I’ve seen my share of terrible status updates. As Founder and CEO of a SaaS platform for database performance management, VividCortex, I know the power of a great status update to build or destroy trust. Unfortunately, I see more bad status updates than good ones.
It’s a shame, really, because a bad status update can be worse than doing nothing at all. Status updates – especially in moments of potential crisis – are a key piece of your relationship with your customers. Doing a better job with status updates is a high-value activity in my book.
I prefer to buy, rather than build, solutions when possible. I therefore have lots of SaaS vendors running key parts of our business at VividCortex. From my perspective as a customer, most of their status updates are garbage. Most vendors do an awful job telling me the truth about how their systems are running. I can’t figure out the real situation and what the vendor’s doing about it. The signal I get is avoidance, which erodes my trust in them.
I haven’t always done a great job with our own status updates at VividCortex, and that’s been a learning experience for me too. Unfortunately, although there’s a lot of guidance and examples on how to conduct and write good postmortems, there doesn’t seem to be much about service status update messages. I’d like to share what I’ve learned, as both a service provider and a customer, in the hopes that it helps you avoid some of the quicksand I’ve stepped into or the bad customer experiences I’ve had.
Why good status updates are hard
Good status updates during outages or incidents require a delicate balance of several factors. A proper approach should be (but not limited to):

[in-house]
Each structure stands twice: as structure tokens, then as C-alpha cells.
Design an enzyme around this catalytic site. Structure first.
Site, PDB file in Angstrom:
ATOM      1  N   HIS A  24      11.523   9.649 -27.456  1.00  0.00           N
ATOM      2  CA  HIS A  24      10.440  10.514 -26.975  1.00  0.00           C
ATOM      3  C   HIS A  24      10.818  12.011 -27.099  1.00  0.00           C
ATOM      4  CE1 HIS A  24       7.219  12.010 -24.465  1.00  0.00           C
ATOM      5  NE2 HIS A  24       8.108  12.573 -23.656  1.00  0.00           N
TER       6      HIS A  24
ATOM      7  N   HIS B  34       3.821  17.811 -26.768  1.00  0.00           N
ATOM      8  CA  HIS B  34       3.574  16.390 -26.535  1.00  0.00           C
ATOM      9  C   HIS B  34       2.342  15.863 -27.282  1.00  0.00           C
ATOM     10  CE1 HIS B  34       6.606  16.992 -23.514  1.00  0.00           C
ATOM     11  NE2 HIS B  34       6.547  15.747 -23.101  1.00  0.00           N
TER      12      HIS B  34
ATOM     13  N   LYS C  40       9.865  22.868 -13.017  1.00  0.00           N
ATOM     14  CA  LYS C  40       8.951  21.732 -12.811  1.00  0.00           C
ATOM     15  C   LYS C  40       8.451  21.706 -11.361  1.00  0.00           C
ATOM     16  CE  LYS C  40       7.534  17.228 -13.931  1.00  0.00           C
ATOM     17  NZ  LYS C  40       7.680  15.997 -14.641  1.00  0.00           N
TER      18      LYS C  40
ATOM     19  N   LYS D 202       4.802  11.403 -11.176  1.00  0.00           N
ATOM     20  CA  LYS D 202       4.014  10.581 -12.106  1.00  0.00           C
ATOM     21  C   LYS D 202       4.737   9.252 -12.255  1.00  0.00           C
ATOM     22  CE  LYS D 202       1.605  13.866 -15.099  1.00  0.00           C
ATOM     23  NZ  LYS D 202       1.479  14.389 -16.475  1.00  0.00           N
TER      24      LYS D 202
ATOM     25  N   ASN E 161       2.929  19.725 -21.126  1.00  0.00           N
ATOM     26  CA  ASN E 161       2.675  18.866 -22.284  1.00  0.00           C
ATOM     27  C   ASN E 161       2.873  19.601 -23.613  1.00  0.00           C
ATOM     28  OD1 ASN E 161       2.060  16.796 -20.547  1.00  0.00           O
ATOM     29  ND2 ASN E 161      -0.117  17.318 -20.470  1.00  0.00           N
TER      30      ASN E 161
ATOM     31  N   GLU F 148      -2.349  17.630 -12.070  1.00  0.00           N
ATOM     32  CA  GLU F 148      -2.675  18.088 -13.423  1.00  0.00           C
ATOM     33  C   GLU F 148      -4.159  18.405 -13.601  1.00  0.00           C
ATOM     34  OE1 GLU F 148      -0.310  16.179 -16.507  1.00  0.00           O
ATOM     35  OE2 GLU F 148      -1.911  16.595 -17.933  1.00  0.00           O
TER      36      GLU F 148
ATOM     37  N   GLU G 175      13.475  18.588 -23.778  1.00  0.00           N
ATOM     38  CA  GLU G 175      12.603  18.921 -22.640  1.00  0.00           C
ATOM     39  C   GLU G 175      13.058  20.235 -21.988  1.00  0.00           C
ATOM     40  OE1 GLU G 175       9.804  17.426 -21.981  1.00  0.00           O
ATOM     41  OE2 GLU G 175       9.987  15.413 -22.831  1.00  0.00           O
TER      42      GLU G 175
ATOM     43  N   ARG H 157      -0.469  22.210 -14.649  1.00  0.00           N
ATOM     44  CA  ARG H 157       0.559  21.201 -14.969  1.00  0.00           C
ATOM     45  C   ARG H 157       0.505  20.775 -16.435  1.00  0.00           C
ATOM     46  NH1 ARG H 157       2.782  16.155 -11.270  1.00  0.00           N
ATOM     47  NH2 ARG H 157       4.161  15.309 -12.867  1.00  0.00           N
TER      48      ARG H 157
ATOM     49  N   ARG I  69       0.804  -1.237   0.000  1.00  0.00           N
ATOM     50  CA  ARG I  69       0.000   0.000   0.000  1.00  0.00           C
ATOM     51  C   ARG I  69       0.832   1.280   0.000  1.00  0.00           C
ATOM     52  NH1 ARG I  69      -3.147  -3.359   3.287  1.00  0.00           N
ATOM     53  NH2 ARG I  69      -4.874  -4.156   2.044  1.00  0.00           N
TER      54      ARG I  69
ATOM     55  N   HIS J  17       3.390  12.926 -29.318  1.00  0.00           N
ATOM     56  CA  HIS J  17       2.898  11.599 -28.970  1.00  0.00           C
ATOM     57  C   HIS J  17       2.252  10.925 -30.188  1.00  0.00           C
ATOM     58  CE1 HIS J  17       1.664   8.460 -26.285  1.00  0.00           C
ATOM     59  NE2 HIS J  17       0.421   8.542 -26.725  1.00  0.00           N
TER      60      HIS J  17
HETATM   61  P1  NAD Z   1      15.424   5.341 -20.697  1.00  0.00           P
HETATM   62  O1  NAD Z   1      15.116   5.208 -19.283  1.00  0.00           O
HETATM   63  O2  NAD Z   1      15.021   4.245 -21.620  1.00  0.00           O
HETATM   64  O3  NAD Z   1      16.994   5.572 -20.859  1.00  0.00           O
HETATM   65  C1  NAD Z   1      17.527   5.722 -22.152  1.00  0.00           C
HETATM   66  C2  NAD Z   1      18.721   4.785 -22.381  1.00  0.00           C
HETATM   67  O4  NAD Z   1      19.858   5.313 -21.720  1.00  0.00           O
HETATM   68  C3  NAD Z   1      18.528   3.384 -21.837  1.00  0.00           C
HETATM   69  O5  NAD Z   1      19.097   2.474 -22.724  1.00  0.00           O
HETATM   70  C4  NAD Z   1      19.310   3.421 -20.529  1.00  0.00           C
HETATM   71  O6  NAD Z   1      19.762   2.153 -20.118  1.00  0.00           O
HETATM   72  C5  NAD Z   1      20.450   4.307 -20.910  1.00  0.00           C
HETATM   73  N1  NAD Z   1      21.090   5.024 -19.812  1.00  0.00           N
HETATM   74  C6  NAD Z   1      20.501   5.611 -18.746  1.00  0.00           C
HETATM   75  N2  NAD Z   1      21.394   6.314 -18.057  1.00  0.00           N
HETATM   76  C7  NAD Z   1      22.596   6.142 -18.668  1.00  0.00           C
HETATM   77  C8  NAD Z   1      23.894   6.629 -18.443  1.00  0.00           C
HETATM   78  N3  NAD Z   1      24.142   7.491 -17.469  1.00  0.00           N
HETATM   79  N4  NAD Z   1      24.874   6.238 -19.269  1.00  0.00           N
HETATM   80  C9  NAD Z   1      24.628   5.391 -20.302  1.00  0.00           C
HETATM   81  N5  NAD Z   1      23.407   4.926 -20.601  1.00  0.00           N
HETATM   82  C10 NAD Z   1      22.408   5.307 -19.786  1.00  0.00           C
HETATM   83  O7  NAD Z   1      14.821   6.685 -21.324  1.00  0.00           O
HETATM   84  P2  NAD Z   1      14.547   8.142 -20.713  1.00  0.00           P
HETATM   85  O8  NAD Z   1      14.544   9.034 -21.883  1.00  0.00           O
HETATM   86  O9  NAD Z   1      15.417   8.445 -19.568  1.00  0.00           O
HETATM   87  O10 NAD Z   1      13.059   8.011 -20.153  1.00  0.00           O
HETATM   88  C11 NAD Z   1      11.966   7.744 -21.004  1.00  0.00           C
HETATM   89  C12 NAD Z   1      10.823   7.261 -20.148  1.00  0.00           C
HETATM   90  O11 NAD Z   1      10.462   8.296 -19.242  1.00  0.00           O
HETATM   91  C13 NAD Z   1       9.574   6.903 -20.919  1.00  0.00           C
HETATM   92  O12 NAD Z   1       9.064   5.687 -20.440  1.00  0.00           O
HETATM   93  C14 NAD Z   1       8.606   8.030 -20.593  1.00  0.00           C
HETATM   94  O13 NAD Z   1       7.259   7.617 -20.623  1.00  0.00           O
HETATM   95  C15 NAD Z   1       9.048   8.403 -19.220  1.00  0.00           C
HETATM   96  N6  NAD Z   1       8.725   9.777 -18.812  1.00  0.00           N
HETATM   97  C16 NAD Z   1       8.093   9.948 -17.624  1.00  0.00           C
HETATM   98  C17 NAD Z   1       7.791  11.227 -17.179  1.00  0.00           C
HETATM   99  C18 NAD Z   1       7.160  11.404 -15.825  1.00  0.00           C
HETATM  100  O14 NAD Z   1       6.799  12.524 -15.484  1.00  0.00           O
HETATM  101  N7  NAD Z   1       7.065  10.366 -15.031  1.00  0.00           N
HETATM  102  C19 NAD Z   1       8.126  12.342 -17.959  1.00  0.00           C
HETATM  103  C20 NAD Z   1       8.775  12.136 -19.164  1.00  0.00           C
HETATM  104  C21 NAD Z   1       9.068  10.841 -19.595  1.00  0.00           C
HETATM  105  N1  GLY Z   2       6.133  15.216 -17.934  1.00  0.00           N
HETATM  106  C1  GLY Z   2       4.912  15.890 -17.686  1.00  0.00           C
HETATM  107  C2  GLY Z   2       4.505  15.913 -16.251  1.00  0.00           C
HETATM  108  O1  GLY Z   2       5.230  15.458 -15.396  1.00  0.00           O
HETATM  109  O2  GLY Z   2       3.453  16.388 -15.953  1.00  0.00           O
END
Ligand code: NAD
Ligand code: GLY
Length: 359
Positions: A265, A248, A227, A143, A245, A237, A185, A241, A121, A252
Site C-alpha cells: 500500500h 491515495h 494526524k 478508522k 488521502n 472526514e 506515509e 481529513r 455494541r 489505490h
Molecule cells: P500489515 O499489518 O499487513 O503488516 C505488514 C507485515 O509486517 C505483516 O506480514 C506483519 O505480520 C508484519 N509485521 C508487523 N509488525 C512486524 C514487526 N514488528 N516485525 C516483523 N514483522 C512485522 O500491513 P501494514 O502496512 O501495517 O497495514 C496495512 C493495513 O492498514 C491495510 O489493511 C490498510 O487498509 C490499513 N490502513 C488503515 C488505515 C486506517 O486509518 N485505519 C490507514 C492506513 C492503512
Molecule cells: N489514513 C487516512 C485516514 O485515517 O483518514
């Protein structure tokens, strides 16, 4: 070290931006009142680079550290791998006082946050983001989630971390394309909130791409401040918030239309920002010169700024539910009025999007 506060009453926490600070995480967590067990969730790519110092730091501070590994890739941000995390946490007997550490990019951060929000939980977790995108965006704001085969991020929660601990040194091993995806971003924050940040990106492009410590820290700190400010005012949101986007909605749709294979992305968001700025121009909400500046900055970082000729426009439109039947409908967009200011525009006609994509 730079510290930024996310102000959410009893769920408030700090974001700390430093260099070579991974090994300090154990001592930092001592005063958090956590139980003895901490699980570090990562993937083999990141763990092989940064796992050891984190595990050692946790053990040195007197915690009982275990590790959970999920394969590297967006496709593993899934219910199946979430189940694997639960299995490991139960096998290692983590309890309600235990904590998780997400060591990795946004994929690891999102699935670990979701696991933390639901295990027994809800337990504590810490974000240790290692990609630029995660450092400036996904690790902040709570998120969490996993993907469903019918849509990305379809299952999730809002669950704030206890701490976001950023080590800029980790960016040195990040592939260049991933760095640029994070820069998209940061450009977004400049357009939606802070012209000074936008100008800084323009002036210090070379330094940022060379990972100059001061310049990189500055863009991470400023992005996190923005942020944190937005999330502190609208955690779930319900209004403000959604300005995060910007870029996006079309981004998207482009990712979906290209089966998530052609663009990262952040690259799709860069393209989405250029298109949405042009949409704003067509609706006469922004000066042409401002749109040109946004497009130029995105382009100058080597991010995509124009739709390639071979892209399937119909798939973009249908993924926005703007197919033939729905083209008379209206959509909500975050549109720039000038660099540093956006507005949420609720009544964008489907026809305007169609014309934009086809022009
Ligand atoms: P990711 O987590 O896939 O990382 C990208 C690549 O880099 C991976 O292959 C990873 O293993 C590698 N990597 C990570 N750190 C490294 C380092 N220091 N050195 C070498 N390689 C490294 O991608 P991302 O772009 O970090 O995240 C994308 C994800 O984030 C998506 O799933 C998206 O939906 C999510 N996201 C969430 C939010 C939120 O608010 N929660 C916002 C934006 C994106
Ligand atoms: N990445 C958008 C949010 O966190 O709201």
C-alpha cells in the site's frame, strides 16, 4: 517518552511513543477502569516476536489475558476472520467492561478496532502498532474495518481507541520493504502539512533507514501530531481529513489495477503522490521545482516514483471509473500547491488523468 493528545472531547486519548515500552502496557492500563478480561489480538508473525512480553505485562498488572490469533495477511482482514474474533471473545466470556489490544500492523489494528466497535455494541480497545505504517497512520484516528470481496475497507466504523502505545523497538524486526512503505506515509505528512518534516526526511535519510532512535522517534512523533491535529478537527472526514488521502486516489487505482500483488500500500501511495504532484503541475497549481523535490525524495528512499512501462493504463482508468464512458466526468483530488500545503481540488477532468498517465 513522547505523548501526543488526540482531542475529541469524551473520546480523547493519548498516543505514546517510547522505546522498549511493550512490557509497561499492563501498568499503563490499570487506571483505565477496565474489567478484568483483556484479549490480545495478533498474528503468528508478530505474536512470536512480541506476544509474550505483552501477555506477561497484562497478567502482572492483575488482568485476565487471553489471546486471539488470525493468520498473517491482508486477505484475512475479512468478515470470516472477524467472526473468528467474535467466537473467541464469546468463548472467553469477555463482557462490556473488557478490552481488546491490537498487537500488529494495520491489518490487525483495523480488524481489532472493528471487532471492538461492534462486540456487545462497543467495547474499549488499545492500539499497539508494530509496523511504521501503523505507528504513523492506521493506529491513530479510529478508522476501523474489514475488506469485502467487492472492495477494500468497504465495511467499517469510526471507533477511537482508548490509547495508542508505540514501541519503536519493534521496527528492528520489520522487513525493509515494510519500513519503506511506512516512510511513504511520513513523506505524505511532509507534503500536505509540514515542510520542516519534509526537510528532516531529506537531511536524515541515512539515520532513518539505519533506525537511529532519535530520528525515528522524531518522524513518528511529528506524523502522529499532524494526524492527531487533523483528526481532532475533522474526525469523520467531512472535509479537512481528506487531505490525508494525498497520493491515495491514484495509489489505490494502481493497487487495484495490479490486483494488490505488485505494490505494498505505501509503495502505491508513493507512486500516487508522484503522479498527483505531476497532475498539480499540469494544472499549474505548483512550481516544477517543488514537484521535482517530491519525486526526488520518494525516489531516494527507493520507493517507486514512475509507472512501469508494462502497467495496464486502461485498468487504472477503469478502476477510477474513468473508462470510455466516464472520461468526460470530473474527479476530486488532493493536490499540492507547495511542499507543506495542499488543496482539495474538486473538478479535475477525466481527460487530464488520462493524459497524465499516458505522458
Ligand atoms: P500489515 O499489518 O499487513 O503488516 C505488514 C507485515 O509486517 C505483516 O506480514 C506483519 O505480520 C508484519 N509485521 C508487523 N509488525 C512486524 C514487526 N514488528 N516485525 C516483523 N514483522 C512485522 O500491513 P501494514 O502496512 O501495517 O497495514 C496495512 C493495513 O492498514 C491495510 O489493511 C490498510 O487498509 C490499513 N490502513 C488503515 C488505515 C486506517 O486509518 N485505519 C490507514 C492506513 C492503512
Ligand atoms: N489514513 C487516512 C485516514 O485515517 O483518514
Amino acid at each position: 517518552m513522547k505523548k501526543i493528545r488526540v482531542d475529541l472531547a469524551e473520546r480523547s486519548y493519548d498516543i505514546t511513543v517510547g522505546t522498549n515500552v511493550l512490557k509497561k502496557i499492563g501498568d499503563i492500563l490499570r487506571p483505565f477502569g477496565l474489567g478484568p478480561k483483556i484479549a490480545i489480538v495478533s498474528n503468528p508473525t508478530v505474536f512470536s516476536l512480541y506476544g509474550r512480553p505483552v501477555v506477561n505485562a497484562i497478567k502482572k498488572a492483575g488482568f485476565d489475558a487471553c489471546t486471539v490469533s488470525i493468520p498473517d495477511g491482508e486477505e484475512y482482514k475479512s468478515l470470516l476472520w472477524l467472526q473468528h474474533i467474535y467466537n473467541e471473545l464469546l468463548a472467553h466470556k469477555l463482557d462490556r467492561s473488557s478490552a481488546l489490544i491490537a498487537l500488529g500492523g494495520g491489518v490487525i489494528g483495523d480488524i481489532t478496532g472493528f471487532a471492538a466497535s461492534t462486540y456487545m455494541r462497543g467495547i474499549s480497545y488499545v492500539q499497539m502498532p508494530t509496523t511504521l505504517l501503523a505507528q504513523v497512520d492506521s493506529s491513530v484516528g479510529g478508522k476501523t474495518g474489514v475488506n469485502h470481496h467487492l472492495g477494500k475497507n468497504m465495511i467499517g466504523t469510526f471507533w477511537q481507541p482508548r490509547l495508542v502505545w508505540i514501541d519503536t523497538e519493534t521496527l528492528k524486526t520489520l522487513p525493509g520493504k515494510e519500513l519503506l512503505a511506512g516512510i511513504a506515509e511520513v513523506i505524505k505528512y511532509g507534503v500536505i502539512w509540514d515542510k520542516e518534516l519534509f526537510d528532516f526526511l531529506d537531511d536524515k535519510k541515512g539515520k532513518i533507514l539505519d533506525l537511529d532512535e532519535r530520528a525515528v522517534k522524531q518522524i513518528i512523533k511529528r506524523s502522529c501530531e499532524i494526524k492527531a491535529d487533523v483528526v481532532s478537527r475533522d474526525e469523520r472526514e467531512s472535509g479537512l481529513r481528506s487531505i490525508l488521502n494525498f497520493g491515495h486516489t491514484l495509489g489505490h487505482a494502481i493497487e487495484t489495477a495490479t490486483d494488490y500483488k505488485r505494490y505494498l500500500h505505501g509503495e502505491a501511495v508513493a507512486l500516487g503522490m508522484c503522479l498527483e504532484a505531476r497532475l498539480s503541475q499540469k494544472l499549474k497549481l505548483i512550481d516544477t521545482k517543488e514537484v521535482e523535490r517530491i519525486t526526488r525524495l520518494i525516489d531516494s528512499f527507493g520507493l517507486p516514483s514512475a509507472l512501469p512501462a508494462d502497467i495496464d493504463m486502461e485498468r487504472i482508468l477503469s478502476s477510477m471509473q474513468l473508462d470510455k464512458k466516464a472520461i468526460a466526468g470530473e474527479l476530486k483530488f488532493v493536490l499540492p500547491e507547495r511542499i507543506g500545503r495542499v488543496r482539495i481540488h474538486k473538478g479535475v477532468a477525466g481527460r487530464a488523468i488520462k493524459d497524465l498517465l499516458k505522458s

- Informative and clear, yet brief
- Frequent, yet not noisy
- Honest, without needlessly airing dirty laundry
Some of these things are tough to achieve. For example, status updates are best when someone with serious language skills writes them. Good writing is actually hard, and it matters a lot for status updates! Yet at the same time, publishing status updates can’t be the sole privilege of the micromanaging perfectionist CEO (just an example, you understand). If the CEO wants to review and approve all status updates and isn’t available, customers won’t be kept up-to-date.
The most common problems that lead to bad status updates, in my experience, are:
- Poor writing skills
- Fear of consequences from being too clear
- Cultural or leadership problems (perhaps no one is responsible for status updates)
- Actual, intentional avoidance
- Failure to realize how important concise status updates are
I’ve found that some points are more important than others to get right (or avoid getting badly wrong). Here are some of the ways I’ve seen status updates go extremely sideways.
The evergreen status page is a lie
Your status page needs to actually reflect when there’s an outage. I can’t remember the number of times I’ve seen people tweeting their disgust about a company that’s lying about ongoing outages.
Recently, for example, I saw someone tweet to say they were experiencing problems using a company’s platform, and asking whether the platform was known to be in degraded status. One of that company’s other customers responded, saying sarcastically that their favorite part of every outage the company has is the status page that says everything’s working. It’s a scathing indictment of the company’s lack of willingness to acknowledge and communicate their problems.